Conversations with a Desi: Spilled coffee, Rule of 72 and Kheema-Pav

I was at a snazzy uptown coffee shop a few days back when I accidentally bumped into a “Desi” and spilled some coffee on his shoes. After an initial round of apologies, he asked me “Indian?” to which my head bobbled into a yes. “Student?” And my head bobbled a yes again. And that was it. That was all we needed to start a conversation. What followed after that was a very interesting conversation that made me take a hard look inside and at least think about my goals, if not reassess them. For the sake of convenience, I am going to address the person I bumped into as Mr. Rao.

After 11 years in Canada, Mr. Rao had it pretty good. He owned a house in Mississauga, a snazzy car and a motorbike that he took on weekend road trips. He liked his job as an investment manager for a big bank and he liked the work hard (but not too hard), the play-hard culture that prevailed in his wide circle of friends. It was just the life he had envisioned when he came from India to university in Canada, with the hope he would get a job offer and be able to immigrate afterward. He was living “the dream”. But now, he has rather dramatically gone off the script: He sold the bike, sold the car, rented out the house and is moving back to India soon.

Mr. Rao was drawn to Canada for security; for clean, quiet cities; for jobs and for easy access to good education for his children, compared with India’s ferocious competition for college and even elementary school seats. But now he feels that India can offer him “the best of both worlds” – there is ever-growing access to high-quality housing, education and medical facilities there, in increasingly cosmopolitan cities with booming economies, where people can be close to friends, family, and their cultural roots. In fact, he told me that just last month he made a pitch at an event held by a local Indian community telling Indo-Canadians that today there are possibilities back home that they couldn’t have imagined when they left.

So I proceeded to ask him about the opportunities that he sees in India. “Canada and India are roughly about the same size economies today, but in 10 years things will be pretty different. And being in India now is a once-in-a-lifetime chance to see a society really change. Second, I want to take advantage of the dynamism at the top end of the Indian economy that allows young people with good ideas and some resources to take risks – and reap bigger rewards – that would be much harder in Canada. Third, in Canada, you don’t see the tailwinds that a big GDP growth gives you in India. If you give me 50$ in India vs 100$ in Canada, I would take the 50$ because I know that with an 8% growth rate, I could double that in 9 years and quadruple it in 18, whereas with a 2% growth rate it would take me 36 years to do that (The Rule of 72). It’s simple Math. You should know. You are a Finance guy”. I bobbled a yes again and quickly made a note in my head “Remember, Rule of 72”.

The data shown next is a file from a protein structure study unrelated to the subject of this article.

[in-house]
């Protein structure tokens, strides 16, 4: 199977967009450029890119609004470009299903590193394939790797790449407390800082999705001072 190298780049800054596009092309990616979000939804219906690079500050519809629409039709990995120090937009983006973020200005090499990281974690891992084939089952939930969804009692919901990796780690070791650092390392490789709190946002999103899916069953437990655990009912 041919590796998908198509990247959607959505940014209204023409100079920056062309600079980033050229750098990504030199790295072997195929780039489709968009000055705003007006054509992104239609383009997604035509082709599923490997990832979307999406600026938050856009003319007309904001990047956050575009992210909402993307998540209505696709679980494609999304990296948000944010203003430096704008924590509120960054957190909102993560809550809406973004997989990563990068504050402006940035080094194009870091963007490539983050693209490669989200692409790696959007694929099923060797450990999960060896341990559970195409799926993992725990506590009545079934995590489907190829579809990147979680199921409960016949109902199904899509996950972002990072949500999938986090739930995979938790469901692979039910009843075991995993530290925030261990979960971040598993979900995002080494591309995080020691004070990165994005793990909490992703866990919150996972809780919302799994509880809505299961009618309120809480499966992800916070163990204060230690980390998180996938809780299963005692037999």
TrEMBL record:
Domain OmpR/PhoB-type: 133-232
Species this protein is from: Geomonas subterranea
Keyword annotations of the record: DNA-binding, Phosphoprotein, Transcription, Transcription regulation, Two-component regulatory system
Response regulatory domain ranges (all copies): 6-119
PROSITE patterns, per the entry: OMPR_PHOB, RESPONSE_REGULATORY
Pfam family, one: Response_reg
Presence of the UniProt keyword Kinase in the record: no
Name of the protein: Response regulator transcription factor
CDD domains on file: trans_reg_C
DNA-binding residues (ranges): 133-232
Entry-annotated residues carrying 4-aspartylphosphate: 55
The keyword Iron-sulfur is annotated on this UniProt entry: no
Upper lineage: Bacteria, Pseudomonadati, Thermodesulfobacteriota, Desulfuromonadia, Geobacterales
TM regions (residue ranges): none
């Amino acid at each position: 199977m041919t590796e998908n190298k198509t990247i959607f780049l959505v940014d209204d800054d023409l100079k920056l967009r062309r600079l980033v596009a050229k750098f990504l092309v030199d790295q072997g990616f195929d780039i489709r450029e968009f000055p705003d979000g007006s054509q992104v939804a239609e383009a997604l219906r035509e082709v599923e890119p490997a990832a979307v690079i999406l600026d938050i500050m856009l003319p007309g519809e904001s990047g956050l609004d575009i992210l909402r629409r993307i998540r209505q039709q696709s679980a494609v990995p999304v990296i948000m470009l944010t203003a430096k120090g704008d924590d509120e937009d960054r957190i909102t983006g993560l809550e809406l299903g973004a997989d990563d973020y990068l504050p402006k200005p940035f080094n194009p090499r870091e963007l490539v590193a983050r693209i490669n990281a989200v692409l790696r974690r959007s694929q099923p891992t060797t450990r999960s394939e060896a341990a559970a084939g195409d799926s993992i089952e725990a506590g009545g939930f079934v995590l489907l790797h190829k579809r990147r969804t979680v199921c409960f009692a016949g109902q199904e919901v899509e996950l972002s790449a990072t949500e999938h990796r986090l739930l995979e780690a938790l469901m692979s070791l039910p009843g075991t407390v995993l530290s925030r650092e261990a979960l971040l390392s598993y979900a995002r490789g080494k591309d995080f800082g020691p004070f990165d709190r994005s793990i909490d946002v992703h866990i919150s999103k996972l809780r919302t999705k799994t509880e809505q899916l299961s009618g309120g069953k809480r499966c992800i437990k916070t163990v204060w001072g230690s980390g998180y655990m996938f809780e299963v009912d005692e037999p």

Makes sense, but I just left behind a cushy job, my friends and my family to pursue “the dream”; I wanted to find a flaw in his reasoning. “But you are a Canadian citizen now, won’t you have to give up so many rights – free healthcare, free education for your children, a better and more comfortable lifestyle to do all that?.” I asked.

“For sure. You have to give up all that? Plus it’s more competitive in India; work-life balance does not exist. In Toronto, my friends are taking 4-week vacations every 6 months. They are learning Japanese, taking drum or salsa lessons after work. They don’t have to worry about being stuck in traffic for hours every day and neither do they have to fight a war to commute to the office every day.” Mr. Rao responded and I smiled sensing a win. “But then, with all that I give up, I also get to be ‘back in India’, be closer to my roots, my friends, and family. And I can treat myself to Kheema-Pav and Misal every once in a while.” He added. That wins it. Kheema-Pav and Misal over “the dream” any day of my life. There goes my victory.

After a few moments spent salivating over Indian food and wondering what mom might be cooking for dinner back home, I try and take stock of what Mr. Rao meant. Canada has traditionally competed for India’s skilled migrants with Australia, Britain and the United States. But now there’s a new country in the mix, a destination with increasing appeal for young, educated and ambitious Indians: India.

To quote my Dad here, “We were lucky to be the generation that saw the introduction of economic reforms in India. But your generation will witness the true impact of those reforms.


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